Reinventing Hazard a must as we move forward
by ailey Richards
Braddock, Pennsylvania is in many ways like all industrial era towns, giving it a certain unique similarity to Hazard. They have seen both the tremendous and immediate growth afforded to a region by jobs and natural resources. Sadly, this means that they both have seen the decline in industry and how this can affect what was once a thriving population.
Braddock was a steel town with a population of a round 20,000 during its heyday. Today it has only 2,500 residents. Hazard has not seen this drastic a fall, but that could be a result of only having 8,000 people living here in its heyday, but it also could be because Braddock had its heyday earlier and has been experiencing this loss for several decades longer.
Also like Braddock, Hazard still has its industry — coal. Despite the decline in both the need of coal through more efficient electricity and more efficient technology over the past five decades, coal has still remained a large industry in the area and will always be a necessary resource. Like Hazard, Braddock still has its steel mill, but its work force has shrunk from 5,000 to 560.
This may sound like a negative column, one chronicling the decline of the need of the blue collar in America, but it isn’t. We in Hazard are nowhere near as bad off as Braddock. They had developed a serious gang and violence problem along with drugs, abuse, and under education. But they are fighting back, and so far, winning.
In 2001, an out-of-town man with a master’s degree from Harvard and no job came to Braddock as a part of an AmeriCorps program. He saw the town for its potential and made it his home. John Fetterman ran for mayor in 2005 and won by only one vote.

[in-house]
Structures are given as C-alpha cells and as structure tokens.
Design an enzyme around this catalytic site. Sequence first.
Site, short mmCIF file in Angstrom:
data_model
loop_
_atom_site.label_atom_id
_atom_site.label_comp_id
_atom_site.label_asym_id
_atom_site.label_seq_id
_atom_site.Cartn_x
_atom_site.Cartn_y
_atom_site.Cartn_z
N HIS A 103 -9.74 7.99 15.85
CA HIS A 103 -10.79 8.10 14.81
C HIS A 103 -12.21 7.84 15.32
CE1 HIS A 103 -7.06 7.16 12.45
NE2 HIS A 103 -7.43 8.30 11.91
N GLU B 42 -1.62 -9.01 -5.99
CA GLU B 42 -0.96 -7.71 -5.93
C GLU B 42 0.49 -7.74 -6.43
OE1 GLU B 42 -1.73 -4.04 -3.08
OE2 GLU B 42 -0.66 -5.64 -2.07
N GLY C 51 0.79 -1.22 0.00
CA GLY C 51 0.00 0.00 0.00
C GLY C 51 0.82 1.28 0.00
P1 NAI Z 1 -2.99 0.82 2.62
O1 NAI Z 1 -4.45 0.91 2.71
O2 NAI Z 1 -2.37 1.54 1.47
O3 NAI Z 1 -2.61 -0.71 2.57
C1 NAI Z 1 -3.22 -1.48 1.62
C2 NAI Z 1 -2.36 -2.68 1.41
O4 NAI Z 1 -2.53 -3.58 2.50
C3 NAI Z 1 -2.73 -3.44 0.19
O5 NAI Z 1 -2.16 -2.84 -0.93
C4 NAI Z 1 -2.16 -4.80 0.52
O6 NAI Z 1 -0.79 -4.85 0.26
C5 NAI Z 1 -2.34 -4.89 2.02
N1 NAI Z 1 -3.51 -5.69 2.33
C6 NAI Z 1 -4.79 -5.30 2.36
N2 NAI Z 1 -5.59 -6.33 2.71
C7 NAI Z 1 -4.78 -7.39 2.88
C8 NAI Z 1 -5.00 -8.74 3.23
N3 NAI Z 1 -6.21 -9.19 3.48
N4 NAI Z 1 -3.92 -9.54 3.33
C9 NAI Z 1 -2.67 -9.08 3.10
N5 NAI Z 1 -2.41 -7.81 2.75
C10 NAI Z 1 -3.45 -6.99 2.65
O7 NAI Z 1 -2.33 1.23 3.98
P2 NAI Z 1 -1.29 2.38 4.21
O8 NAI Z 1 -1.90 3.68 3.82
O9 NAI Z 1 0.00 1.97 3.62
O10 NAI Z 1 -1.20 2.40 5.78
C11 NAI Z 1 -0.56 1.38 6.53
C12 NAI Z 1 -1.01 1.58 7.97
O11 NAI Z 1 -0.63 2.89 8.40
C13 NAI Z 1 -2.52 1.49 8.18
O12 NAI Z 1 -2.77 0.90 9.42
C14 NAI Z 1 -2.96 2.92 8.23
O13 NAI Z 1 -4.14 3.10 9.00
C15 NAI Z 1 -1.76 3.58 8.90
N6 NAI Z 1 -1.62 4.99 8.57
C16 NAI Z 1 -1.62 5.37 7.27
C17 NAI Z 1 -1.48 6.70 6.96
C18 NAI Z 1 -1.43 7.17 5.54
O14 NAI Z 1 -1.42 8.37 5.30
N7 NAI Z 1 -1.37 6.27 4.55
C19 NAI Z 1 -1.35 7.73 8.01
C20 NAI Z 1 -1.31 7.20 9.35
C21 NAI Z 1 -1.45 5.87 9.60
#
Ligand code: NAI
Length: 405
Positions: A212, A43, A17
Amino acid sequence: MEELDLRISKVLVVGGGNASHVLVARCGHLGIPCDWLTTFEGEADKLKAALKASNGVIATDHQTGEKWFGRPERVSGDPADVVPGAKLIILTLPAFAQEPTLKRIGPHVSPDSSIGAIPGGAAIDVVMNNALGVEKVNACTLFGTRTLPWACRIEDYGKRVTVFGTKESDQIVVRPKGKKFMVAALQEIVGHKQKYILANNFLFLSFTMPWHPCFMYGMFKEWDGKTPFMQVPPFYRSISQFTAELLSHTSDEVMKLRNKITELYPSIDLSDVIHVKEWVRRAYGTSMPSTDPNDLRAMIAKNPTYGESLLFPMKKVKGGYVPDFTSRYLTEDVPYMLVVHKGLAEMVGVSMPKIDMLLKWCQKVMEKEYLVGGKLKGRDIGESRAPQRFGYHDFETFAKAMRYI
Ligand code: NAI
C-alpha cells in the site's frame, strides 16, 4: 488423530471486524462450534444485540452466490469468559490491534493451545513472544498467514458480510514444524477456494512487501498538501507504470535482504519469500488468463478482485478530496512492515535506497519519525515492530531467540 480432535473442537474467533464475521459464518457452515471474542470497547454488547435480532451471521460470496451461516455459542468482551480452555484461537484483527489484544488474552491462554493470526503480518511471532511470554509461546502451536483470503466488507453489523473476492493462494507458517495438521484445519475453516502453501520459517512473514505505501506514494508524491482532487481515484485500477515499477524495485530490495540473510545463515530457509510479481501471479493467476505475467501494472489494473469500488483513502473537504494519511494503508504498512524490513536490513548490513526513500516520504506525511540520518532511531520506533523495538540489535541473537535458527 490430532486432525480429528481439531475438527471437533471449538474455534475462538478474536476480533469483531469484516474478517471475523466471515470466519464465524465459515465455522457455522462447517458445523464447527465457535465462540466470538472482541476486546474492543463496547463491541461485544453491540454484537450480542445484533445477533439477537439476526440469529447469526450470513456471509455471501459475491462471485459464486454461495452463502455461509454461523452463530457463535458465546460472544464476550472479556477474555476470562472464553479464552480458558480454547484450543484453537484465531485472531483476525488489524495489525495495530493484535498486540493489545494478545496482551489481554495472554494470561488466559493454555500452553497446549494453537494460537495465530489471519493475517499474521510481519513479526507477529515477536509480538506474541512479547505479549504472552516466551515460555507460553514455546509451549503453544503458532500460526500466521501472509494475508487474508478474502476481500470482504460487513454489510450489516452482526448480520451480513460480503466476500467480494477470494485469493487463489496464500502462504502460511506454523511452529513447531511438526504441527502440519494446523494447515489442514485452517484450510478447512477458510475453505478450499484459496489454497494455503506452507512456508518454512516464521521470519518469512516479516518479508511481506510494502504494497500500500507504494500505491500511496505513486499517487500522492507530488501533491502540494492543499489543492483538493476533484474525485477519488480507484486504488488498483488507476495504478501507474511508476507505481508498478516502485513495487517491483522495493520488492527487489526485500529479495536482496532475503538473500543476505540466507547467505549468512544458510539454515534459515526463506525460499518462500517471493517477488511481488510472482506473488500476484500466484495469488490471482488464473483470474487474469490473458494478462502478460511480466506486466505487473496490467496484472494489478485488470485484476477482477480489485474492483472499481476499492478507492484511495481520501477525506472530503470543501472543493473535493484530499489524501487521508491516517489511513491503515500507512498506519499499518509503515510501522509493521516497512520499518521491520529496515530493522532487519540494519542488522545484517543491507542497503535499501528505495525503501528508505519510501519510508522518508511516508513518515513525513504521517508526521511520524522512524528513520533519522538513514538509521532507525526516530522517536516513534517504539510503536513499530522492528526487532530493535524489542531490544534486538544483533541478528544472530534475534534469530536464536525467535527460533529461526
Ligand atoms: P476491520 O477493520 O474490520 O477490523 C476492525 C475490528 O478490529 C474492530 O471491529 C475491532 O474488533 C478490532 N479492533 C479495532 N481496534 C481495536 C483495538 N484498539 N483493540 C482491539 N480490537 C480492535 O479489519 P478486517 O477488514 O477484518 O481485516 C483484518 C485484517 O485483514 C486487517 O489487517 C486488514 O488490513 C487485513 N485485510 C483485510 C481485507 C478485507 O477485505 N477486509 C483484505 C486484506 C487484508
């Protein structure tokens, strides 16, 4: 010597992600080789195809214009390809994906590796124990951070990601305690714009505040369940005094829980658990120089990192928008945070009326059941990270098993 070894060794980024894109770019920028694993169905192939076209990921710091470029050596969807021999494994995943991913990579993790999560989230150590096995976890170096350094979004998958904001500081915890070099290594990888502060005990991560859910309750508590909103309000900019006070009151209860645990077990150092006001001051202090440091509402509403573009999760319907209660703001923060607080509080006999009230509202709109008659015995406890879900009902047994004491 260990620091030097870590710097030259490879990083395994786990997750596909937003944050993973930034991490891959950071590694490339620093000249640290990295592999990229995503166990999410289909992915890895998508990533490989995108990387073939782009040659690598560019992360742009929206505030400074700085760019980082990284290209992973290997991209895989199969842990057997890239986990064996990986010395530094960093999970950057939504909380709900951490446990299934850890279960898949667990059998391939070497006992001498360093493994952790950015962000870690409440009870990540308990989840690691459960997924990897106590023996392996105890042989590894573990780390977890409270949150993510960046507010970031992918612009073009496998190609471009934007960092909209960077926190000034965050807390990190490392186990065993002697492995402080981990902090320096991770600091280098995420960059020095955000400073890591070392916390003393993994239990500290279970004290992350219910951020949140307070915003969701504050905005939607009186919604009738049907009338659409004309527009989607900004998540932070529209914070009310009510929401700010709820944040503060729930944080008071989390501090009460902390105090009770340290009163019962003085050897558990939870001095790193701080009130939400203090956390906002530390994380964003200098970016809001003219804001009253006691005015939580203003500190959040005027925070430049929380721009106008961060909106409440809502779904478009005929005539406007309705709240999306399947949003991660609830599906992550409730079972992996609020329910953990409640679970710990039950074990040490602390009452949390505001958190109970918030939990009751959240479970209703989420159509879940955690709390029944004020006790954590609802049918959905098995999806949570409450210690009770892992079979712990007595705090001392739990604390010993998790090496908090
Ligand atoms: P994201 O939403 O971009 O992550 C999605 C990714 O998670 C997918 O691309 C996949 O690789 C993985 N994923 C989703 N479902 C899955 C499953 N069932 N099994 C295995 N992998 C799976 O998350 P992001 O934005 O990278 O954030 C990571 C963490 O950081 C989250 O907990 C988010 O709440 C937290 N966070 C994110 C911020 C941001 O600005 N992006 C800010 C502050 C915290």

Since then he has helped to bring in artists, businesses, service projects, playgrounds and a community center. He was able to do this by focusing on the youth and the young artist culture since. “Typically artists will see value in something that others haven’t, and that is the essence of the Braddock Argument,” Fetterman said in an interview with Morgan Spurlock for his a Day in the Life series.
Hazard has every opportunity in the world open to it, it just needs its Fetterman. It needs a set of fresh eyes to see what the town can be.
Underneath the chipping paint, poorly done renovations, and crumbling facades of Main Street in Braddock are some nearly hundred-year-old buildings crafted by the hands of artisans. As one Braddock resident stated in the same documentary series, “That is what made this place originally, it was the craftsmen the brick layers the steal workers and now we have got the artists.”
Maybe for Hazard the answer won’t be artists, but will be adventurers or vacationers. But no matter who it is, it has to start with the youth. They are the mobile, passionate, untapped masses that like all generations before them are looking for a cause to support.
It is doubtful that Braddock will ever become the town it once was. It will probably never have 20,000 residents or thousands of industrial jobs, but with the hard work of people like Fetterman to reinvent the community through its youth, maybe it can create a new identity.
In the same way it is doubtful that Hazard will ever be pulling as much coal from its mountains as it once was, but maybe someday someone will ski them, or farm them, hike them, or climb them.
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